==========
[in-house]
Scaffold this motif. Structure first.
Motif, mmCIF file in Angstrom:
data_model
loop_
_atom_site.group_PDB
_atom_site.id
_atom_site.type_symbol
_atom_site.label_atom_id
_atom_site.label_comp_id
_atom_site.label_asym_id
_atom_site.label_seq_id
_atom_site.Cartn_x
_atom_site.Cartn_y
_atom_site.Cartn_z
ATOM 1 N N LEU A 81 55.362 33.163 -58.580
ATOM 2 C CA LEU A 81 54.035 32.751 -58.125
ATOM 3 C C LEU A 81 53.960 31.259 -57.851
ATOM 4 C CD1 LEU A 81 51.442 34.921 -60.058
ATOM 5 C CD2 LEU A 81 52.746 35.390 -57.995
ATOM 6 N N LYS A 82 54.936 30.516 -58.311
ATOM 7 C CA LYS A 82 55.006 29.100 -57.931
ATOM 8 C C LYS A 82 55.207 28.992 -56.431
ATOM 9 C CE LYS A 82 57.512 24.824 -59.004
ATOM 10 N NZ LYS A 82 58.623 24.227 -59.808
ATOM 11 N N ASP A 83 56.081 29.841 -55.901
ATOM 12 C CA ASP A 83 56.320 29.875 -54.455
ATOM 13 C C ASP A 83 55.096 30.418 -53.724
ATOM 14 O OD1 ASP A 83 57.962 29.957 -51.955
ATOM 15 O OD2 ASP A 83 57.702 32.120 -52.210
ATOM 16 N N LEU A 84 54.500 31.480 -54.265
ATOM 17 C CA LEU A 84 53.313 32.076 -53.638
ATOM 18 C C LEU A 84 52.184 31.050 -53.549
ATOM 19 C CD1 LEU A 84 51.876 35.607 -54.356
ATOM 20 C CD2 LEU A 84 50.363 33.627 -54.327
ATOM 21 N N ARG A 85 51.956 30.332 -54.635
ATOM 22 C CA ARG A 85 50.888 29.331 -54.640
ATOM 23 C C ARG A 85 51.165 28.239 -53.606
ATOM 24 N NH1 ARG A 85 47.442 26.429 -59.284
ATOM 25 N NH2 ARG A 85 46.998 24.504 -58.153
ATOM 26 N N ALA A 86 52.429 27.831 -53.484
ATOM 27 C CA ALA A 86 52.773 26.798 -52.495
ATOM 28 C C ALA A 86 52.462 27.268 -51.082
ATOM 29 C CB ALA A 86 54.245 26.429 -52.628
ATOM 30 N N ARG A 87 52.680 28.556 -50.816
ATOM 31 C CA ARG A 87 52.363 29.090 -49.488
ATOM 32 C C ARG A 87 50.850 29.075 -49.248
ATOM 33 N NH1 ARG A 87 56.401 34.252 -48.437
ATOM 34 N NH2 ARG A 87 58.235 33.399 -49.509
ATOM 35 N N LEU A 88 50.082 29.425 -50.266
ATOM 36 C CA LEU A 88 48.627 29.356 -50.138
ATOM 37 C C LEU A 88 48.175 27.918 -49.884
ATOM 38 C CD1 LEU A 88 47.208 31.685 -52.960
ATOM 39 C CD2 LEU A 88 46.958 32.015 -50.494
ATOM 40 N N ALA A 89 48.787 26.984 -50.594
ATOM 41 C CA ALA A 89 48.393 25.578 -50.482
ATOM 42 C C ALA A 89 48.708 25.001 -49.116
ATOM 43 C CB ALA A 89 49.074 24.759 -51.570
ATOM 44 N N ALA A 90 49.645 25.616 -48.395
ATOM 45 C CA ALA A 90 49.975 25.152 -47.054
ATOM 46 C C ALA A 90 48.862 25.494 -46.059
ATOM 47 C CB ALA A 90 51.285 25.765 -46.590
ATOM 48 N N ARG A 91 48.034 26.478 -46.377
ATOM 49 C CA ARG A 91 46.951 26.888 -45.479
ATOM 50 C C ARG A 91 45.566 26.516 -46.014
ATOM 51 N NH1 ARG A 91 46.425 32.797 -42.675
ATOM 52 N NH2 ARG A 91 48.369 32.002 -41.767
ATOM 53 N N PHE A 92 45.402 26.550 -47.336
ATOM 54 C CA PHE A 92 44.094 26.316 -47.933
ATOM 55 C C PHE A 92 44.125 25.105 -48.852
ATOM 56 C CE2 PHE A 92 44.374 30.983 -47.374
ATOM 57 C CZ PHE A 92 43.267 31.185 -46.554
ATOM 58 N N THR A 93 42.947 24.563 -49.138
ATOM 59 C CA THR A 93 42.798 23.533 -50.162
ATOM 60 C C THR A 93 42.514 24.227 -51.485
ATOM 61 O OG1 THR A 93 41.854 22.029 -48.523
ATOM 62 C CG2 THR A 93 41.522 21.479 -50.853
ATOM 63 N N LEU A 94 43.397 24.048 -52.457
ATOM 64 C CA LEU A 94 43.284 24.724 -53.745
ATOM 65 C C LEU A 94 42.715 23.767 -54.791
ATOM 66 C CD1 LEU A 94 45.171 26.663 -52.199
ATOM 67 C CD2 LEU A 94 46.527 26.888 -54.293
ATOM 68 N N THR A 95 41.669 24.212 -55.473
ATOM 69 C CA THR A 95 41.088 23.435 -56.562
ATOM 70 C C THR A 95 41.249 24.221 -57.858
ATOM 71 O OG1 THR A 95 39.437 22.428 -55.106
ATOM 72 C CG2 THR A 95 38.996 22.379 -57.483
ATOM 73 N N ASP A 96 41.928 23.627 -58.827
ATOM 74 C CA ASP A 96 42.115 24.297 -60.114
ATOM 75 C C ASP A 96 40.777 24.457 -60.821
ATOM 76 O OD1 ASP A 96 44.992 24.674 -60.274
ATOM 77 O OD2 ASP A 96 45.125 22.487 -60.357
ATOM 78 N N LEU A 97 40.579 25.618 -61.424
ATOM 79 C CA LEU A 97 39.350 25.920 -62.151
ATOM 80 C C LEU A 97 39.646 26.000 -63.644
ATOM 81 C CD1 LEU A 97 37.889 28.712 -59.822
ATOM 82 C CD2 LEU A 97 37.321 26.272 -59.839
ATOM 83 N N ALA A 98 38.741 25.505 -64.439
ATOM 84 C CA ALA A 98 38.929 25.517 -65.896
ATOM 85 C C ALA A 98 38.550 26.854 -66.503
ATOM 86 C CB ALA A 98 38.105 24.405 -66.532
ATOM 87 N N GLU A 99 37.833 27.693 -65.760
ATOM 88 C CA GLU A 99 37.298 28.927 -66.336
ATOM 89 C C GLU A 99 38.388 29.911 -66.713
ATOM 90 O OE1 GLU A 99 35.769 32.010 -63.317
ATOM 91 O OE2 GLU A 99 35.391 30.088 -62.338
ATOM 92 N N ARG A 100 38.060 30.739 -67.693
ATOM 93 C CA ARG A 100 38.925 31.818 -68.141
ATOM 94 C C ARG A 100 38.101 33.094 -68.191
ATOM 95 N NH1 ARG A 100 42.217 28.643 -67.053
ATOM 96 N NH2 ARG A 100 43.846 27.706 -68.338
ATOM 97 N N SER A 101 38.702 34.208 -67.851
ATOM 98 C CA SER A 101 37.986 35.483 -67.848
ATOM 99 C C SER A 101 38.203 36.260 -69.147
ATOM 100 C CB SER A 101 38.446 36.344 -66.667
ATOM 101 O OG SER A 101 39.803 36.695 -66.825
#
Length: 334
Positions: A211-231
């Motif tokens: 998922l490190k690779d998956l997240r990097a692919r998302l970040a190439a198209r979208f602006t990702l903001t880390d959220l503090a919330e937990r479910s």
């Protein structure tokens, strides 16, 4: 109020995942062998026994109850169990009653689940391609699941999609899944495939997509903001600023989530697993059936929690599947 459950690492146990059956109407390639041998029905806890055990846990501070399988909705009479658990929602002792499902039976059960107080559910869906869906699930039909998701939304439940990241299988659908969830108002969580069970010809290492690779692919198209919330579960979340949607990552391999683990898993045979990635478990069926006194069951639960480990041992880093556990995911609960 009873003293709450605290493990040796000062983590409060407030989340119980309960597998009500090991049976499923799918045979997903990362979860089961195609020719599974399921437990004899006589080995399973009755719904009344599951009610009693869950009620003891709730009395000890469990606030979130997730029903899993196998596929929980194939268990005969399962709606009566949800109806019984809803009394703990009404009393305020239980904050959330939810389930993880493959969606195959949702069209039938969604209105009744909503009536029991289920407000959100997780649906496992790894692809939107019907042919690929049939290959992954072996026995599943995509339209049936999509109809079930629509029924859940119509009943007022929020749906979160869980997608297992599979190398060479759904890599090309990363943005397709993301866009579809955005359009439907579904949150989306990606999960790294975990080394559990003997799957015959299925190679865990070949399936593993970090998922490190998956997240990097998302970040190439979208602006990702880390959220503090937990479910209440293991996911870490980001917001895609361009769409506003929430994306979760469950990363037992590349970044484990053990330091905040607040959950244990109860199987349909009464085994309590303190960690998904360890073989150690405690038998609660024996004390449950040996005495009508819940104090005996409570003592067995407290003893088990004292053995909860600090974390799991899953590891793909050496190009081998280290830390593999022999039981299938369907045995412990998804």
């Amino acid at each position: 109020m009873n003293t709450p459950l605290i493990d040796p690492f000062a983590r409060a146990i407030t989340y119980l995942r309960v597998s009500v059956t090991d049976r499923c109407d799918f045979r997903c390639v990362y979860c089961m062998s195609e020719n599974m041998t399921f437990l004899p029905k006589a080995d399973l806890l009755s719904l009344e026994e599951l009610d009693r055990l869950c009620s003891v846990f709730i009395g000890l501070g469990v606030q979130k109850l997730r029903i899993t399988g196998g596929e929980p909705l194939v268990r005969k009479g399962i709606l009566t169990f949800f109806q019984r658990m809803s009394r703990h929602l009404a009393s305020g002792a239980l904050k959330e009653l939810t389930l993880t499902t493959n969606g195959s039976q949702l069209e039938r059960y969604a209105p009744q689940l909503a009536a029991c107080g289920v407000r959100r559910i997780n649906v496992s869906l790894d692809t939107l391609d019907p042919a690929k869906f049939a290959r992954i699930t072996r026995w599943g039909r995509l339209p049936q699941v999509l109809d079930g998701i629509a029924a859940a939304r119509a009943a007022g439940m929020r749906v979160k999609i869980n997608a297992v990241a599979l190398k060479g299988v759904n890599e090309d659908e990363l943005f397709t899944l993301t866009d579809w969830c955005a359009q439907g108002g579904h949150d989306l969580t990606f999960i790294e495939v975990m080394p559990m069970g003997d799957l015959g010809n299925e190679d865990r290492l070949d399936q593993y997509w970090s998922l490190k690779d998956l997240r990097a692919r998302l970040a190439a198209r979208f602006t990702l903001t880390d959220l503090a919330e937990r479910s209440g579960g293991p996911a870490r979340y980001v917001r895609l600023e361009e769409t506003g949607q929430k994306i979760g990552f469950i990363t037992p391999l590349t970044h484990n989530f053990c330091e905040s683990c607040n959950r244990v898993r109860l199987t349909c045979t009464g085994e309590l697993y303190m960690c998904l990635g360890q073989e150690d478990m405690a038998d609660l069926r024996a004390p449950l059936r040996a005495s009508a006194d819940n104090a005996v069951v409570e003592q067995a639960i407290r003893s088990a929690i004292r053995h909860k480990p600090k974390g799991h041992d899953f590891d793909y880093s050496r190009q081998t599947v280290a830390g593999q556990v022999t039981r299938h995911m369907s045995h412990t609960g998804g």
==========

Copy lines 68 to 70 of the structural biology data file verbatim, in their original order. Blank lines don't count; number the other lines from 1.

ATOM 53 N N PHE A 92 45.402 26.550 -47.336
ATOM 54 C CA PHE A 92 44.094 26.316 -47.933
ATOM 55 C C PHE A 92 44.125 25.105 -48.852